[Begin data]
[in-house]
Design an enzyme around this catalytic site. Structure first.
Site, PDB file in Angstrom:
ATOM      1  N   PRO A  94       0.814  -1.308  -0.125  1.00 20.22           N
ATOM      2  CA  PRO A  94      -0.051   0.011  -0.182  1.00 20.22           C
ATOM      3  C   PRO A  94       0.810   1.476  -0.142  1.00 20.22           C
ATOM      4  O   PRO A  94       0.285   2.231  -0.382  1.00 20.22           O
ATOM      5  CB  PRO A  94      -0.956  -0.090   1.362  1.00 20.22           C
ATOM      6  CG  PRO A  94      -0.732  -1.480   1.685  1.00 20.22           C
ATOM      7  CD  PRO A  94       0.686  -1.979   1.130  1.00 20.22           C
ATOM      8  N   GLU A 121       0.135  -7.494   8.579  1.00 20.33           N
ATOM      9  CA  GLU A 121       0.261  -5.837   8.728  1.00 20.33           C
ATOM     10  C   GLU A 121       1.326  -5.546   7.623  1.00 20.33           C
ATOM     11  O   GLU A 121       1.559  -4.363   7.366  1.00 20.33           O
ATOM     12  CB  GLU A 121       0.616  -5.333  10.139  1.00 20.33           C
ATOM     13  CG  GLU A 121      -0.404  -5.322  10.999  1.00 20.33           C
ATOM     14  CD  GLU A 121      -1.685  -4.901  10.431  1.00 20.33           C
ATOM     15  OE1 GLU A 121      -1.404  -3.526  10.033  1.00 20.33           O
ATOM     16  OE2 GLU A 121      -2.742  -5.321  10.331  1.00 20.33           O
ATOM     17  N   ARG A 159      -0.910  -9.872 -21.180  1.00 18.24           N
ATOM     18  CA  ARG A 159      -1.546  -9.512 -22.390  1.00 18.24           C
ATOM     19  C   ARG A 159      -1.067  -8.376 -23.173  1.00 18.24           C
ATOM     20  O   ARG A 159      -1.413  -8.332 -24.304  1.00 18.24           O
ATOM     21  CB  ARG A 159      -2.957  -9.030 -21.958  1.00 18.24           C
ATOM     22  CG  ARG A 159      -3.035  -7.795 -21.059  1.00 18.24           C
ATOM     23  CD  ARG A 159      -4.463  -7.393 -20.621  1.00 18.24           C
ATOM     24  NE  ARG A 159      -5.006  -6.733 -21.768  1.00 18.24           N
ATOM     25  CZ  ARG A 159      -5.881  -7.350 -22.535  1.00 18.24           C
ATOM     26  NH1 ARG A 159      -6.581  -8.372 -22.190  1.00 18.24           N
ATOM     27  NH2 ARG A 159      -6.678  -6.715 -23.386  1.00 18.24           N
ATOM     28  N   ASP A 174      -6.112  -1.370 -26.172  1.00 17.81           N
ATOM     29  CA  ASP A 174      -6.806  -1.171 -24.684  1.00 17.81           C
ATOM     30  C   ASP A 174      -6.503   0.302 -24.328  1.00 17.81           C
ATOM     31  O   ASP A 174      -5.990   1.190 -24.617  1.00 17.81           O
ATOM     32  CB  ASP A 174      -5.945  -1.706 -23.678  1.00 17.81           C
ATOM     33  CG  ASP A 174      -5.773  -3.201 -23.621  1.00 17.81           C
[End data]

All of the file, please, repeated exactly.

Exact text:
[in-house]
Design an enzyme around this catalytic site. Structure first.
Site, PDB file in Angstrom:
ATOM      1  N   PRO A  94       0.814  -1.308  -0.125  1.00 20.22           N
ATOM      2  CA  PRO A  94      -0.051   0.011  -0.182  1.00 20.22           C
ATOM      3  C   PRO A  94       0.810   1.476  -0.142  1.00 20.22           C
ATOM      4  O   PRO A  94       0.285   2.231  -0.382  1.00 20.22           O
ATOM      5  CB  PRO A  94      -0.956  -0.090   1.362  1.00 20.22           C
ATOM      6  CG  PRO A  94      -0.732  -1.480   1.685  1.00 20.22           C
ATOM      7  CD  PRO A  94       0.686  -1.979   1.130  1.00 20.22           C
ATOM      8  N   GLU A 121       0.135  -7.494   8.579  1.00 20.33           N
ATOM      9  CA  GLU A 121       0.261  -5.837   8.728  1.00 20.33           C
ATOM     10  C   GLU A 121       1.326  -5.546   7.623  1.00 20.33           C
ATOM     11  O   GLU A 121       1.559  -4.363   7.366  1.00 20.33           O
ATOM     12  CB  GLU A 121       0.616  -5.333  10.139  1.00 20.33           C
ATOM     13  CG  GLU A 121      -0.404  -5.322  10.999  1.00 20.33           C
ATOM     14  CD  GLU A 121      -1.685  -4.901  10.431  1.00 20.33           C
ATOM     15  OE1 GLU A 121      -1.404  -3.526  10.033  1.00 20.33           O
ATOM     16  OE2 GLU A 121      -2.742  -5.321  10.331  1.00 20.33           O
ATOM     17  N   ARG A 159      -0.910  -9.872 -21.180  1.00 18.24           N
ATOM     18  CA  ARG A 159      -1.546  -9.512 -22.390  1.00 18.24           C
ATOM     19  C   ARG A 159      -1.067  -8.376 -23.173  1.00 18.24           C
ATOM     20  O   ARG A 159      -1.413  -8.332 -24.304  1.00 18.24           O
ATOM     21  CB  ARG A 159      -2.957  -9.030 -21.958  1.00 18.24           C
ATOM     22  CG  ARG A 159      -3.035  -7.795 -21.059  1.00 18.24           C
ATOM     23  CD  ARG A 159      -4.463  -7.393 -20.621  1.00 18.24           C
ATOM     24  NE  ARG A 159      -5.006  -6.733 -21.768  1.00 18.24           N
ATOM     25  CZ  ARG A 159      -5.881  -7.350 -22.535  1.00 18.24           C
ATOM     26  NH1 ARG A 159      -6.581  -8.372 -22.190  1.00 18.24           N
ATOM     27  NH2 ARG A 159      -6.678  -6.715 -23.386  1.00 18.24           N
ATOM     28  N   ASP A 174      -6.112  -1.370 -26.172  1.00 17.81           N
ATOM     29  CA  ASP A 174      -6.806  -1.171 -24.684  1.00 17.81           C
ATOM     30  C   ASP A 174      -6.503   0.302 -24.328  1.00 17.81           C
ATOM     31  O   ASP A 174      -5.990   1.190 -24.617  1.00 17.81           O
ATOM     32  CB  ASP A 174      -5.945  -1.706 -23.678  1.00 17.81           C
ATOM     33  CG  ASP A 174      -5.773  -3.201 -23.621  1.00 17.81           C